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Logging of Old-Growth in Vancouver Island


Members of the Fairy Creek Blockade occupy a logging road | ©2021 Ken Dawson


Introduction

In the region around Fairy Creek in the South of Vancouver Island, B.C., there has been a struggle of control towards the logging of historic old-growth. The parties involved in this local environmental crisis consist of the logging companies harvesting oldgrowth, protesters who seek an end to this logging and the Indigenous peoples who inhabit the affected area. This situation led the Indigenous people to take steps to maintain control of their area without foreign interference aside from the government.


What's special about the Vancouver Island Temperate Rainforest?

Temperate rainforests, by definition, are forests with high precipitation rates. Combined with the warm temperatures of southern B.C, Vancouver Island is an ideal place for temperate rainforests, which is why they have existed on the island for thousands of years (“Re/Max,” n.d).


Vancouver Island’s temperate rainforest is unique because it is the only temperate rainforest in the world where the density of coniferous trees is greater than deciduous trees (Maycock et al., 2010). Much of the temperate rainforest in Vancouver Island is classified as the Great Bear Rainforest (“Re/Max,” n.d). The old-growth, specifically red and yellow cedar, are estimated to be between 800-2000 years old (Morin, 2021). These old growth are an important source for carbon storage, clean air, habitat for endangered species, as well as keeping a firm grasp of the topsoil (“Old growth” 2022) ; Old growth successfully eliminates erosion and can even grow in elevations over 1000m ("Before & after old-growth maps," n.d).


The current situation

Commercial logging in B.C. has been a major industry since the 1820s (Green et al., 2014). However, The Narwhal states that the B.C. government's claim that 23% of the forest is old-growth is false; new statistics by ecologists suggest that only 2.7 percent can be considered old-growth (Wood, 2020). Old growth in B.C. is a targeted resource because the wood is sturdier and more durable when compared with other trees (“Old growth vs. new growth lumber – which is better?,” 2018). Furthermore, other reasons why old-growth is considered valuable by the B.C. logging industry is because it is more resistant to decay, damage, and termite infestation when compared with regular trees. (Mel, 2015) There is much demand for Canadian old growth. They are primarily exported to either China or Japan as construction materials; it is estimated that around $655 million in hardwood lumber exports was sent to Japan in 2018 (BC Forest companies promote products in Japan, China 2019). According to the Sierra Club B.C, old-growth is being cut down across B.C province at a rate of 500 soccer fields per day. (Wood, 2020) Additionally, since old growth takes an incredibly long time to grow, this type of wood cannot be considered renewable if it is cut at the current quick pace. The last large temperate rainforest in Canada is found on Vancouver Island, and loggers are cutting the many old growth in the forest on Indigenous lands (Morin, 2021).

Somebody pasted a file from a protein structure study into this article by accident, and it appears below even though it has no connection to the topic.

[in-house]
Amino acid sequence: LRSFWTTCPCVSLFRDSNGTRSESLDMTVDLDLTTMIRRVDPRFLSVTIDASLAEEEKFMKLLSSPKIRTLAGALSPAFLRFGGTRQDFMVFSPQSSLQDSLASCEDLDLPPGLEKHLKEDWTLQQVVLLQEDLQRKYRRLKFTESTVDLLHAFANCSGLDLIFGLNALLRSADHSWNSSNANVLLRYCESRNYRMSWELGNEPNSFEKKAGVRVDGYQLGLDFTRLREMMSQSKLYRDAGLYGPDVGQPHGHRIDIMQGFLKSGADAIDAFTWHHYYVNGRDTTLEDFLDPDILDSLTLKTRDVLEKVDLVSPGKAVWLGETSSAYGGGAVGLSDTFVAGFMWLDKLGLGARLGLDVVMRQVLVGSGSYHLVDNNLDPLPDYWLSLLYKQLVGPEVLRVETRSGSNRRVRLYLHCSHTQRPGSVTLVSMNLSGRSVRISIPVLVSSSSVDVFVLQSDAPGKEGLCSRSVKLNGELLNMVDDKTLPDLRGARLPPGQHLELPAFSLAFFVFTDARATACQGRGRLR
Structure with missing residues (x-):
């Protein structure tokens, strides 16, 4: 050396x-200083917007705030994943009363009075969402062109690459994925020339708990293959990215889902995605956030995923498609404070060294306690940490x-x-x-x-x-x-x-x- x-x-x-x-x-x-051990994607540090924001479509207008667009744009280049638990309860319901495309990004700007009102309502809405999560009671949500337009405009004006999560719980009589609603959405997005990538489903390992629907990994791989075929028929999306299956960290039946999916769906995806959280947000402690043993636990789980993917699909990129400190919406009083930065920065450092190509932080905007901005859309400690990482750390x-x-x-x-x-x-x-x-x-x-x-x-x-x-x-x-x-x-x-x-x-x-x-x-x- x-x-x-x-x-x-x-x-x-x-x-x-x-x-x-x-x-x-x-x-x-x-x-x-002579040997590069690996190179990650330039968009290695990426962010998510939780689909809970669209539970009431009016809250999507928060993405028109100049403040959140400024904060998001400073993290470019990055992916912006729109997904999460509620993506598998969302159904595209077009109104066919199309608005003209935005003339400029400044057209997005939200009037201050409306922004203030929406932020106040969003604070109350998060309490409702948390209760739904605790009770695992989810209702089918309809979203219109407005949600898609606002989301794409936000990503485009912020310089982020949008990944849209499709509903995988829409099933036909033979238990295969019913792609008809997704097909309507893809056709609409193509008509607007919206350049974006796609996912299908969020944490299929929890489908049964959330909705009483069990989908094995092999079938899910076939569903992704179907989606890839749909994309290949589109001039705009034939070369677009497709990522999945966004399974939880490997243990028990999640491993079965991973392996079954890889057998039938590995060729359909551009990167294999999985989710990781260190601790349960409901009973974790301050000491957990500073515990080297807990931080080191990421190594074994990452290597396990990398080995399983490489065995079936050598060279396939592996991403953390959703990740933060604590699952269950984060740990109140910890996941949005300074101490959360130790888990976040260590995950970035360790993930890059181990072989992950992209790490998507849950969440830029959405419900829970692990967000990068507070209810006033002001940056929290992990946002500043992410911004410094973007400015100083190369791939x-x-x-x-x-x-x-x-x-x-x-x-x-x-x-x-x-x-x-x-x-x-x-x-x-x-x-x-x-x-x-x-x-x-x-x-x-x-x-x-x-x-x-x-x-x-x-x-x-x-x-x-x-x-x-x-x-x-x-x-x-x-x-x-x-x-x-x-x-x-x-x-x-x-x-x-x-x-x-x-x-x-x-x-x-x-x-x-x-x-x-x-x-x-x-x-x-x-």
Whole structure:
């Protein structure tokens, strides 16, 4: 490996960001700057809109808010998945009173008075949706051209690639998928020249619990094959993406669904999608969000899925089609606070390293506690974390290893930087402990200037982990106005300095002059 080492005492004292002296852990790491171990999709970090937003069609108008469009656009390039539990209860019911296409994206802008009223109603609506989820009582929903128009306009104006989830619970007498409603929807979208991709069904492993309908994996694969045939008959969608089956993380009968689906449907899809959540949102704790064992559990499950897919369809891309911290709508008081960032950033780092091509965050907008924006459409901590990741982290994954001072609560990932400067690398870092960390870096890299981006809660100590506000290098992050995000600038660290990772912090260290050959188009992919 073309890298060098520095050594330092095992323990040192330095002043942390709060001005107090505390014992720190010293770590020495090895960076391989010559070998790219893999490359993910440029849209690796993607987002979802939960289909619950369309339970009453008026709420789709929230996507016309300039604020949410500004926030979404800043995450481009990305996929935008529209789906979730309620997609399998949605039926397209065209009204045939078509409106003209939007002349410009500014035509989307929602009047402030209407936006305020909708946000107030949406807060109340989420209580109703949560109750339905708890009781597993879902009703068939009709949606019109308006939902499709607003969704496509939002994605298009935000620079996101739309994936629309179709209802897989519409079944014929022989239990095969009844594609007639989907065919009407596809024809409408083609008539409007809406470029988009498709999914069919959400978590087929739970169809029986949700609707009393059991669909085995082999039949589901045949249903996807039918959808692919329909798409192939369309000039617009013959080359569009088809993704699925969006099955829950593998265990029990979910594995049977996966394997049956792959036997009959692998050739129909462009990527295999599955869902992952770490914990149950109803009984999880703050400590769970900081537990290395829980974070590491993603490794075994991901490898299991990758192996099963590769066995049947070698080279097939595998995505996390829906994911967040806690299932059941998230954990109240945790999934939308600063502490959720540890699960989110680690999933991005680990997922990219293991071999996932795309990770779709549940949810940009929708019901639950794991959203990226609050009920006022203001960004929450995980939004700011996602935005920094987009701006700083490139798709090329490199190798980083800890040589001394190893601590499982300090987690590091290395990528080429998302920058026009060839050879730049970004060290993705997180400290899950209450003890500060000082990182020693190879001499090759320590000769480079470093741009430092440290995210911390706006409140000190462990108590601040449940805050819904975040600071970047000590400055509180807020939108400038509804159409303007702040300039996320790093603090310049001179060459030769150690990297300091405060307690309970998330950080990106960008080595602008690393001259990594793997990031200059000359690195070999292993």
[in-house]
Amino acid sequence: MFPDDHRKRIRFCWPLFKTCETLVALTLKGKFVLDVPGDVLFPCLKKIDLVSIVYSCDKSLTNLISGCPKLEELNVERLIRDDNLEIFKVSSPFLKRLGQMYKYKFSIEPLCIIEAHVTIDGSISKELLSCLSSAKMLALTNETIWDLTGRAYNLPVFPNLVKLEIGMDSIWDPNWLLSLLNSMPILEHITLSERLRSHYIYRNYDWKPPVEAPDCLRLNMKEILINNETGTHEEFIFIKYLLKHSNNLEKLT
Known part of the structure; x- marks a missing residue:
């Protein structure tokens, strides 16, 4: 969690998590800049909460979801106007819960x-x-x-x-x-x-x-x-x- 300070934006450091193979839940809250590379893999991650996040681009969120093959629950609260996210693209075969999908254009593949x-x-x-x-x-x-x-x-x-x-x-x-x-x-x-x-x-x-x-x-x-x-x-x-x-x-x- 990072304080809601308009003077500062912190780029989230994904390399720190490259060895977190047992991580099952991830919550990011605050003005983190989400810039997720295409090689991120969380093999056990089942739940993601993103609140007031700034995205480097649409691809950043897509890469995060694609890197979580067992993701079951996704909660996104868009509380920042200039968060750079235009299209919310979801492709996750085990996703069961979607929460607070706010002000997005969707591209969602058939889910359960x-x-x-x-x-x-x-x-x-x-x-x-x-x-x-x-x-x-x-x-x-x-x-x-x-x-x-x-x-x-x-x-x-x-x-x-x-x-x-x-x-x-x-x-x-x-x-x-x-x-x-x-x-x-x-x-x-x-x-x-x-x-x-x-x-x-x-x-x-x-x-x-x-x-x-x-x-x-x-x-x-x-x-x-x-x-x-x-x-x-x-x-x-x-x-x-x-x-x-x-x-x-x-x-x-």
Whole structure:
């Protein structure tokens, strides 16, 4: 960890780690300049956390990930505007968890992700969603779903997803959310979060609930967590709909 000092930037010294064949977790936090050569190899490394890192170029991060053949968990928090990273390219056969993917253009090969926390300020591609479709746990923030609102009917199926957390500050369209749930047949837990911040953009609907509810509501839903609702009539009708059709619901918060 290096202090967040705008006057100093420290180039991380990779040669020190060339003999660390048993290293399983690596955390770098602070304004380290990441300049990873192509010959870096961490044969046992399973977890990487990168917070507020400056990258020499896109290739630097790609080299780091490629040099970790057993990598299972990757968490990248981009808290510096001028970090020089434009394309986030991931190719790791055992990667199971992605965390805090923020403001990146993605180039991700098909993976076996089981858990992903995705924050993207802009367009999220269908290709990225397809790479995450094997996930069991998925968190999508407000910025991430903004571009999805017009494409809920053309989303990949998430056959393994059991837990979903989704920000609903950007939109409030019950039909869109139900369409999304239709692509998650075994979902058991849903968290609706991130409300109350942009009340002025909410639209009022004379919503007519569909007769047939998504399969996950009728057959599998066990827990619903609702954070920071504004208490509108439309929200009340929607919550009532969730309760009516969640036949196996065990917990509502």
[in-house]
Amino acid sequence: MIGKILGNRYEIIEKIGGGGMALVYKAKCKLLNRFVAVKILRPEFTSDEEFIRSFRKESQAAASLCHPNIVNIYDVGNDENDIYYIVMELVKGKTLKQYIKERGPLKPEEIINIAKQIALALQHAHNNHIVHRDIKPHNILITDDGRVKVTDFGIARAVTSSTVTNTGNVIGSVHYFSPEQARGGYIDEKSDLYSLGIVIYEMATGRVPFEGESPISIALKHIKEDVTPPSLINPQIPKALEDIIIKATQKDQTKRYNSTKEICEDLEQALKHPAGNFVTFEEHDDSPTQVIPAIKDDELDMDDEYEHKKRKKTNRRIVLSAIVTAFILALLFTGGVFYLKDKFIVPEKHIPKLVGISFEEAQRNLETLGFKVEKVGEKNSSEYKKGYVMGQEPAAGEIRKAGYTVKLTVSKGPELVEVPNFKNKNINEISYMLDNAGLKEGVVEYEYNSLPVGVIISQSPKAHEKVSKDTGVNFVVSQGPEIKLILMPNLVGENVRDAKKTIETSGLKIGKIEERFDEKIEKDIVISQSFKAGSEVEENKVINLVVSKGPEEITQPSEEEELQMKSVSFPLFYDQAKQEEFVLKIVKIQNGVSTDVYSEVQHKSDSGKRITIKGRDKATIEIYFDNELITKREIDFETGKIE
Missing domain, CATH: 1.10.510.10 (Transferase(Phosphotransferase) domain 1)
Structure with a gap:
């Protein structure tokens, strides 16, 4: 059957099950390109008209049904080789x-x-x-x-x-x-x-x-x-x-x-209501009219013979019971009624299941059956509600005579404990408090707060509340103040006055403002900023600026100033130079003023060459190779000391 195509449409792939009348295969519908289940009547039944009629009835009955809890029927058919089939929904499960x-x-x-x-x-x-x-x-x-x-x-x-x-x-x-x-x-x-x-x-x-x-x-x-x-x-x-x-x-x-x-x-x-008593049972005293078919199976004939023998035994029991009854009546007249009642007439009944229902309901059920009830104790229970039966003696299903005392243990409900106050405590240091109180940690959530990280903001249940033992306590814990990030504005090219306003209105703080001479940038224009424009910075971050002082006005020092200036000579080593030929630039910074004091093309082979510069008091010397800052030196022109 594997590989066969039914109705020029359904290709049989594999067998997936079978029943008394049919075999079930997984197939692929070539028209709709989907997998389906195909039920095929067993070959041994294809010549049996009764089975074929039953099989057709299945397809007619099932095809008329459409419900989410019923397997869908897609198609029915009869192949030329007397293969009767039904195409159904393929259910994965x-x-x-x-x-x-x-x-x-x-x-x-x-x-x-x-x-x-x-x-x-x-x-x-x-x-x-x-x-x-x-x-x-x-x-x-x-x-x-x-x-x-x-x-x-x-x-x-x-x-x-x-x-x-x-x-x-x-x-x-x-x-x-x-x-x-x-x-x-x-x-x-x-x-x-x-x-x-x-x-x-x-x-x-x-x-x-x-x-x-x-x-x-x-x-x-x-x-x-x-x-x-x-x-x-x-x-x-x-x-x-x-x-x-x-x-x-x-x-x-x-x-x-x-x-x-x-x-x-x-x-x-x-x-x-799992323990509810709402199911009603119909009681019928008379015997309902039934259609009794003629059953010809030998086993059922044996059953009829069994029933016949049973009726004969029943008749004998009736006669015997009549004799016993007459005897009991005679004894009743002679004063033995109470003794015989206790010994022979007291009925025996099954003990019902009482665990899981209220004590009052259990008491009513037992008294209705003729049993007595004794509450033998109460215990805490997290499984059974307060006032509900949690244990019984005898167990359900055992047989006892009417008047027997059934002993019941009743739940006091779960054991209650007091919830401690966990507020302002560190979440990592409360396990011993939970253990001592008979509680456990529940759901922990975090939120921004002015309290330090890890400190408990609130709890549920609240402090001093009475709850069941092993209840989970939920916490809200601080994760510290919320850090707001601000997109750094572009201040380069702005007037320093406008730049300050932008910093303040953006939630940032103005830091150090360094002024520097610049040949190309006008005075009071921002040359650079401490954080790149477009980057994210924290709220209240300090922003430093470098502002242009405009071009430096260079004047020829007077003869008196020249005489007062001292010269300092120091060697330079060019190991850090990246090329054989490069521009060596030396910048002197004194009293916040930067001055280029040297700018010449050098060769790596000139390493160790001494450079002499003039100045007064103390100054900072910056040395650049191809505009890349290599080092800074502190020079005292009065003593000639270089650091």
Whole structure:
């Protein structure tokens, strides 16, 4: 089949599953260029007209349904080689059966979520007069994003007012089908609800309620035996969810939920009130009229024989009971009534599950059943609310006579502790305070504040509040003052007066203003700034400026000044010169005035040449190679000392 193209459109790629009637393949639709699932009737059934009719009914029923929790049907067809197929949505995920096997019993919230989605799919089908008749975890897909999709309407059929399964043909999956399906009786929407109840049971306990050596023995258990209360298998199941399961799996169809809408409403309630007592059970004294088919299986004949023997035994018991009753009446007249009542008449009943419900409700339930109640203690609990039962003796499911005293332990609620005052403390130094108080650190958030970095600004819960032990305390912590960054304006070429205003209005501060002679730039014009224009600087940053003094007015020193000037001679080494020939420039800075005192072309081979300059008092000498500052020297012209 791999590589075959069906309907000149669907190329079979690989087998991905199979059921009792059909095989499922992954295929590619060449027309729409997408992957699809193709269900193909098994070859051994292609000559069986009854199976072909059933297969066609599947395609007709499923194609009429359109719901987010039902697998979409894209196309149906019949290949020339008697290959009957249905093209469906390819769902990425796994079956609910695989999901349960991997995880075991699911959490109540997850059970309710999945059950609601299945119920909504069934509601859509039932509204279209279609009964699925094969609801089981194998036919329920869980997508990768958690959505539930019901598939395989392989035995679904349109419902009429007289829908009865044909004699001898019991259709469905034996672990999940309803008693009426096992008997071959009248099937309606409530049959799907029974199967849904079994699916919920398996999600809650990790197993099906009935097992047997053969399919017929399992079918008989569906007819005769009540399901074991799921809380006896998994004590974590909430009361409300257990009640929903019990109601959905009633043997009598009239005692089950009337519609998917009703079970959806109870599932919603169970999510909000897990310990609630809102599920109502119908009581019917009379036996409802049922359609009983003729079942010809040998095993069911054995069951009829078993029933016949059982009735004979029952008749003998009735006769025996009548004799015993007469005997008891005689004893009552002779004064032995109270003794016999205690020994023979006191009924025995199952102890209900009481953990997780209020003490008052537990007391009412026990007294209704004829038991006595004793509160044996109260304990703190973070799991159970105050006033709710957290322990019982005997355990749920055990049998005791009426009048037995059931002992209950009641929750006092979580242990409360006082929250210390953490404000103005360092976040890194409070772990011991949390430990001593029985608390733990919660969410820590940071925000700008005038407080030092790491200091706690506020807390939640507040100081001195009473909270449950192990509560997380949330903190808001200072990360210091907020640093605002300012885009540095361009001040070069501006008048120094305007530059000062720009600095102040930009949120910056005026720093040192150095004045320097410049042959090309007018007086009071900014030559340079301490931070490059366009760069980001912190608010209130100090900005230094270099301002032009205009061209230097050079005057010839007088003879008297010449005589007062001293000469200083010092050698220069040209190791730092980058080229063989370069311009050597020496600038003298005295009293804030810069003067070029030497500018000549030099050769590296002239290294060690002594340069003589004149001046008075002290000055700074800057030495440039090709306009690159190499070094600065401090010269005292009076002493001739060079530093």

The industry's stance

The Teal-Jones Group's logging company licenses the area around Fairy Creek (Wilson, 2022). The company has been in a decades-long engagement with the area's First Nations, which includes arguments and stances of the management and preservation of the forest (Wattson, 2021). The company's expansion to the Fairy Creek watershed has been met with much resistance (Williams & Lewis, 2021).However, the company still managed to log oldgrowth in and around Fairy Creek. The logging of old-growth had come to a halt in June as large protests by various environmental groups began to rise in May 2020 (Austen, 2021).